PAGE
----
Saturday, February 13, 2016

Review: Bad Dates

Bad Dates, by Theresa Rebeck, reviewed by Wendy Rosenfield. Produced by Montgomery Theater, directed by Jessica Bedford, featuring Sarah Sanford.

Review: Bad Dates


By Wendy Rosenfield

for the Inquirer

Theresa Rebeck’s 90-minute monologue Bad Dates begins with an introduction to one woman’s array of shoes and clothes: classy, earthy, trashy, cute, dangerous, dowdy. If that’s enough description to turn you away from Montgomery Theater’s textured production and Sarah Sanford’s equally complex performance as single mom/restauranteur Haley Walker, perhaps you could benefit most from Haley’s excursion into the land of deceptive first impressions.

Dating stinks, dating after a certain age is even worse, but dating while trying to raise a child, run a business and evade past mistakes before they catch up, that’s even harder. Rebeck cares enough about Haley to give her confidence, competence, humor and introspection, all while battling insecurity, incompetence, black moods, impulsivity and a noir-ish plot twist. Director Jessica Bedford, in turn, cares enough to keep her that way, resisting the temptation to leaven Rebeck’s message with a ditzy demeanor or frothy design. 

Angela Hoerner’s costumes are pretty low-end for a Manhattan-based shoe fetishist and foodie, and John Hobbie’s set reads similarly generic--two paintings of birds hang over her bed, which, like the room’s walls and bedsheets, are covered in a bland buttery cream pattern. But Sanford stands out in her surroundings, and not just because her various pre-date fashion crises require her to frequently disrobe, robe and disrobe again. 

Though not quite as naked as she was in the Live Arts Festival hit Bang, emotionally, Sanford lets it all hang out, relaxing into the role and riding out its peaks and pits like someone hanging onto control with everything she’s got. Her conversation with the audience, contrived though it may be, has the ring of sincerity, like we’re old, trusted friends who’ve seen her at her best and worst. 

An evening with Rebeck’s material makes for a good enough time, but Sanford is so skilled at vaporizing the barrier between performance and confession, we lean in close to hear more about Haley’s night with that guy who talked about his colon, and wince when later, she gets stood up. We meet her eyes and smile sympathetically, and very quickly, we forget about her bags and boxes full of shoes, or the quality of her clothes, and focus all our attention on the woman wearing them. That, to me, seems like a very successful date.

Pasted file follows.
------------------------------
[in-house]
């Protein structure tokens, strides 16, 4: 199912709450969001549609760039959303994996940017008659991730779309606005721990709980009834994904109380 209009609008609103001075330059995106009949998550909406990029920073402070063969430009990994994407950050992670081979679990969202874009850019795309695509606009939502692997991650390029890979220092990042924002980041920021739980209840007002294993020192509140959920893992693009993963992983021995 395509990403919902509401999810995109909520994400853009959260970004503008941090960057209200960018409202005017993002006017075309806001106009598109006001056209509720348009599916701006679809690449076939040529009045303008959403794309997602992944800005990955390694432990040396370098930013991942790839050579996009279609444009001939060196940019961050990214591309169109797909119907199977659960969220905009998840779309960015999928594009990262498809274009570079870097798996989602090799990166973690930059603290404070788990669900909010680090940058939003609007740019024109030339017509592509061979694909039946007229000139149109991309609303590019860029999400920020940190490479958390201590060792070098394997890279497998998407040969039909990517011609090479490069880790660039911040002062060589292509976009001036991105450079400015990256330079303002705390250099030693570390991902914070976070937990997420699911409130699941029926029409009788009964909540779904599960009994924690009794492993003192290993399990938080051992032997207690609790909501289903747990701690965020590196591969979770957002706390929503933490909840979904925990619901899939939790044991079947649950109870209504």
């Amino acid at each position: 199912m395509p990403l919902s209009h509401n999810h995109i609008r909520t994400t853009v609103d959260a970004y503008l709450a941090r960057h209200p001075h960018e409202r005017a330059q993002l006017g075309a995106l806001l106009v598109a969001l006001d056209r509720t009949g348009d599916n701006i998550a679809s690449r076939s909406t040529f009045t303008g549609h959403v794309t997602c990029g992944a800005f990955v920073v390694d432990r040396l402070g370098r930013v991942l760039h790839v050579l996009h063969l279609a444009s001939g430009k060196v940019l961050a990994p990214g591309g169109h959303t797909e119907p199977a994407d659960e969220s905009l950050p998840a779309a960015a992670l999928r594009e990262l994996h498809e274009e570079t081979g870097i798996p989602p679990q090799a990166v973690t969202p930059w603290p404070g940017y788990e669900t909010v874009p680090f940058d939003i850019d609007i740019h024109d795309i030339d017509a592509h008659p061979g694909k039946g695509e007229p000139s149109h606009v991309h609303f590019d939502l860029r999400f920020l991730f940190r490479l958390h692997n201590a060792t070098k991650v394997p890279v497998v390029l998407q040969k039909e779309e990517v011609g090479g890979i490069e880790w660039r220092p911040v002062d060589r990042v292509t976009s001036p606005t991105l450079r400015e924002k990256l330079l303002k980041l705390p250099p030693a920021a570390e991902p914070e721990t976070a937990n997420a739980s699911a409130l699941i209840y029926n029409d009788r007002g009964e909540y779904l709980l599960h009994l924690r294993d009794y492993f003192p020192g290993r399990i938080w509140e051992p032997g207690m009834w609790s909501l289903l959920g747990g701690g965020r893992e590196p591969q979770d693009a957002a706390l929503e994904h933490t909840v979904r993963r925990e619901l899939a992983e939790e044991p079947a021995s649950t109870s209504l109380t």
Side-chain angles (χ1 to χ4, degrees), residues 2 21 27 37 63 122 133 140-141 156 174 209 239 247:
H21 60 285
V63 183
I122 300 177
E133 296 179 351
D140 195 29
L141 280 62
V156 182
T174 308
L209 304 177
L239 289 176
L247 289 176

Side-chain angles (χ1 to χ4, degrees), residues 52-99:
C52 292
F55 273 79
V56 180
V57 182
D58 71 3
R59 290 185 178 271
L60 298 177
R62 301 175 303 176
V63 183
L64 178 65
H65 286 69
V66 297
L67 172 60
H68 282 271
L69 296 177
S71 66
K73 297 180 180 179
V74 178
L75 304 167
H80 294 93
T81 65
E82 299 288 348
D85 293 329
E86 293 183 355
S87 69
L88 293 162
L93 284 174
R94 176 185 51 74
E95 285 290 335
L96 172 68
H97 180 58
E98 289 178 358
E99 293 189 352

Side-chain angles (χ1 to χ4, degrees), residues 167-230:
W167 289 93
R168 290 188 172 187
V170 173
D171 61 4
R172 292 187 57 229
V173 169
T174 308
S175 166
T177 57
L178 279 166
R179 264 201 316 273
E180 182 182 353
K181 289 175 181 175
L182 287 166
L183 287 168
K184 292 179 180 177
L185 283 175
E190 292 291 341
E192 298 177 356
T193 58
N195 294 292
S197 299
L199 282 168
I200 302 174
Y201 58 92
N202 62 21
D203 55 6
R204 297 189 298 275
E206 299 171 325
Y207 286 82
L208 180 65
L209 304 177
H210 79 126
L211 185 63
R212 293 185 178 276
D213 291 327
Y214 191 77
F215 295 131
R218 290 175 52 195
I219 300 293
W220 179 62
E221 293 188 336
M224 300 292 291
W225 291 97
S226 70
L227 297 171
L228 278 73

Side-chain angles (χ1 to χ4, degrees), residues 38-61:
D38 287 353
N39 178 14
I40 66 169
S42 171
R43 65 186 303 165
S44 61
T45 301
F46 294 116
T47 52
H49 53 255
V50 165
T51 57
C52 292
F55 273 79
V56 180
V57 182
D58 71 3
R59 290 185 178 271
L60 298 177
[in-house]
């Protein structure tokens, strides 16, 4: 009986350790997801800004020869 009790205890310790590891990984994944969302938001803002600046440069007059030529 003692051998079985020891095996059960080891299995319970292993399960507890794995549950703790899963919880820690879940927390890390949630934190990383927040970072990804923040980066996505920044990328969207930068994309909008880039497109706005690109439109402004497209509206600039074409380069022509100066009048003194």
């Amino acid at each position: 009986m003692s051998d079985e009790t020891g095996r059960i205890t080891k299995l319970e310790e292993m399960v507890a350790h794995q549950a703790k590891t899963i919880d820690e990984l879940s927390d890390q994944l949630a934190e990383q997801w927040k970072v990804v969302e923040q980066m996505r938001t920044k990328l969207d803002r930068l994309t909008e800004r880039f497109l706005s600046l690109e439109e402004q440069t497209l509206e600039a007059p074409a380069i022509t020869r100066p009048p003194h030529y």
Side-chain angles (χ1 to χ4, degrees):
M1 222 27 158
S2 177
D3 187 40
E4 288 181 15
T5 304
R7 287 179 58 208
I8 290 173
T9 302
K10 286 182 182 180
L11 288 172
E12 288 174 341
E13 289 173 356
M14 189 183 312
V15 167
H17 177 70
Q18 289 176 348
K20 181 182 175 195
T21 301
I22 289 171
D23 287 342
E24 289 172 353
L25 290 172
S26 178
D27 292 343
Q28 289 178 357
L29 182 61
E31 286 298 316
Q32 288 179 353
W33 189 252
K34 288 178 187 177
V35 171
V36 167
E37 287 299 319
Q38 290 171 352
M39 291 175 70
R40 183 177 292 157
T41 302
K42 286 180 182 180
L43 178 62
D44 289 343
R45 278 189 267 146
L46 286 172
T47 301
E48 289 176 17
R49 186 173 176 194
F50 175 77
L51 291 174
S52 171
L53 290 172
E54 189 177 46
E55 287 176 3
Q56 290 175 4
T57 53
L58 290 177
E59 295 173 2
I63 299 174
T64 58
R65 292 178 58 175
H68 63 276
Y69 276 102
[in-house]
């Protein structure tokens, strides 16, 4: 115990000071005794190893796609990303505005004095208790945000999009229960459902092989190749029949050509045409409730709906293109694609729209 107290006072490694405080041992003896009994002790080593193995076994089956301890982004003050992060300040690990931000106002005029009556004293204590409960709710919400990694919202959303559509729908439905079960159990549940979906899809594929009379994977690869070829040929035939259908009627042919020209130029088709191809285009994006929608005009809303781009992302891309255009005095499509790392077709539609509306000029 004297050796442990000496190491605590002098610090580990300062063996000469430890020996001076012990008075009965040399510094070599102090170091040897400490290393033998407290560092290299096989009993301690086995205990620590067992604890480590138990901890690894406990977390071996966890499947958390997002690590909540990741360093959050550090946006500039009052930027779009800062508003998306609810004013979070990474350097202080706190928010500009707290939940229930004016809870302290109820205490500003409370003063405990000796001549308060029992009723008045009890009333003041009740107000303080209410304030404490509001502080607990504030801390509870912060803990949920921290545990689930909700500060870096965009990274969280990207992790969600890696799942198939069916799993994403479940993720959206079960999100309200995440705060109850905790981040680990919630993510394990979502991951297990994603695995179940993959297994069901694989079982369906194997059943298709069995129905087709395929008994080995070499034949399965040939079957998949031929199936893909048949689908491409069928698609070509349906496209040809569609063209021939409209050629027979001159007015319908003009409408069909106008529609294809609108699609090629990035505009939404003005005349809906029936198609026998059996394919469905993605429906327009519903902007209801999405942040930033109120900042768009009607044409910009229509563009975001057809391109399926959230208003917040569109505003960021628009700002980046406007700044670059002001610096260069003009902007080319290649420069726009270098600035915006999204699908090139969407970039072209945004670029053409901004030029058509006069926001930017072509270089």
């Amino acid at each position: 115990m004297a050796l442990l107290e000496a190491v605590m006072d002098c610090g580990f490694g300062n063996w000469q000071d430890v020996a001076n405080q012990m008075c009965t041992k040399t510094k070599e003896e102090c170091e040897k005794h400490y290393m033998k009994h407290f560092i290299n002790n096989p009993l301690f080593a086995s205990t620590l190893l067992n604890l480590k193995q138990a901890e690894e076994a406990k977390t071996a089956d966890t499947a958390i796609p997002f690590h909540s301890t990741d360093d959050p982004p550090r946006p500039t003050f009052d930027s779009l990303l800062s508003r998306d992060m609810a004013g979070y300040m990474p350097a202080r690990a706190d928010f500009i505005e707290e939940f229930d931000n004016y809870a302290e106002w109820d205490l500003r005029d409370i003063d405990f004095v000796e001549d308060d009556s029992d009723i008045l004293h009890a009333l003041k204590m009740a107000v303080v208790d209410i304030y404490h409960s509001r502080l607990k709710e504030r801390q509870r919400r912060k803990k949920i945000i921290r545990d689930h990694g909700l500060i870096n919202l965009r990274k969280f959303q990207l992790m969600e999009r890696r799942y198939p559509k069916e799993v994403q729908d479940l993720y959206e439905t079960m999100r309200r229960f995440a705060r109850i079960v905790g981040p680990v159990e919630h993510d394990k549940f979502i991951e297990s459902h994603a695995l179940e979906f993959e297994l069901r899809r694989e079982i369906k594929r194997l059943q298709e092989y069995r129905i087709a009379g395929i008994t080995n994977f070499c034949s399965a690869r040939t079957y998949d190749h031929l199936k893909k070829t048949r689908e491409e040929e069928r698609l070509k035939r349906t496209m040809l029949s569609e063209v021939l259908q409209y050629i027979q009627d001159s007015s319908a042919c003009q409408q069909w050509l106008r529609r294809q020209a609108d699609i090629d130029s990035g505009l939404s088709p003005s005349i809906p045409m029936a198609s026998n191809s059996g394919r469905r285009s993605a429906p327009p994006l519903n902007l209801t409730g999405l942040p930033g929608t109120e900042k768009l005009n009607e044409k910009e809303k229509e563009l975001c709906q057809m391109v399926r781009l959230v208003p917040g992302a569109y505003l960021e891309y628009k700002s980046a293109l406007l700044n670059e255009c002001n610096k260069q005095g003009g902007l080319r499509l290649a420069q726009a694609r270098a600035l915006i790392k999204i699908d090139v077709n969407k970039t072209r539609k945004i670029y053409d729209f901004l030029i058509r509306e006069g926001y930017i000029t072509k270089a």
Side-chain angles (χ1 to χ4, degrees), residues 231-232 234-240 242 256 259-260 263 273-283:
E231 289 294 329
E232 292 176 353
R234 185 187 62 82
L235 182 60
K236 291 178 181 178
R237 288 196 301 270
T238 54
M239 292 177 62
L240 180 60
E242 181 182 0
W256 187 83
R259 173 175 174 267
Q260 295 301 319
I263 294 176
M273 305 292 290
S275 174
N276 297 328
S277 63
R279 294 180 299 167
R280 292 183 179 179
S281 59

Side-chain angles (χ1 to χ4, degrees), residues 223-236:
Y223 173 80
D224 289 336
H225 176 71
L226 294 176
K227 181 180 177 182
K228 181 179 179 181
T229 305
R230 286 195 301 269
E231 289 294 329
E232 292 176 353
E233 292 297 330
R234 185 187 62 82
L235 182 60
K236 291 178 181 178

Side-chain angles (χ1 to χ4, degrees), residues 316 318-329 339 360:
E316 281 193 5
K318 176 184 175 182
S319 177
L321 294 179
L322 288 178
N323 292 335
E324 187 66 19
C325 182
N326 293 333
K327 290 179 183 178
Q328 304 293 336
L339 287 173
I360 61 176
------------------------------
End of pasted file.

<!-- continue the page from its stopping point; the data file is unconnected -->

Playing at: Montgomery Theater, 124 N. Main St., Souderton. Through Sun., Feb. 24. Tickets: $20. Information: 215-723-9984 or

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About this blog

Toby Zinman's night job since 2006 is theater critic for the Inquirer where she reviews New York and London as well as Philadelphia. Her day job: Prize-winning prof at UArts, author of five books about modern and contemporary drama, and doer of scholarly deeds (winner of five NEH grants, Fulbright lecturer at Tel Aviv University, visiting professor in China). She was recently named by American Theatre magazine "one of the twelve most influential critics in America."

Wendy Rosenfield has written freelance features and theater reviews for The Inquirer since 2006. She was theater critic for the Philadelphia Weekly from 1995 to 2001, after which she enjoyed a five-year baby-raising sabbatical. She serves on the board of the American Theatre Critics Association, was a participant in the Bennington Writer's Workshop, a 2008 NEA/USC Fellow in Theater and Musical Theater, and twice was guest critic for the Kennedy Center American College Theater Festival's Region II National Critics Institute. She received her B.A. from Bennington College and her M.L.A. from the University of Pennsylvania. She also is a fiction writer, was proofreader to a swami, publications editor for the Women's International League for Peace and Freedom, and spends all her free time working out and driving people places. Follow her on Twitter @WendyRosenfield.

Jim Rutter has reviewed theater for The Inquirer since September, 2011. Since 2006, he covered dance, theater and opera for the Broad Street Review, and has also written for many suburban newspapers, including The Main Line Times. In 2009, the National Endowment for the Arts awarded him a Fellowship in Arts Journalism. Thames & Hudson released his updated and revised version of Ballet and Modern Dance in June, 2012. From 1998 to 2005, he taught philosophy and logic at Drexel, and then Widener University. He also coaches Olympic Weightlifting for Liberty Barbell, and has competed at the national level in that sport since 2001.

Merilyn Jackson regularly writes on dance for The Inquirer and other publications. She specializes in the arts, literature, food, travel, and Eastern European culture and politics. In 2001, she was dance critic in residence at the Festival of Contemporary Dance in Bytom, Poland; in 2005, she received an NEA Critics’ Fellowship to Duke University’s Institute for Dance Criticism. She likes to say that dance was her first love but that when she discovered writing she began to cheat on dance. Now that she writes about dance, she’s made an honest woman of herself, although she also writes poetry.

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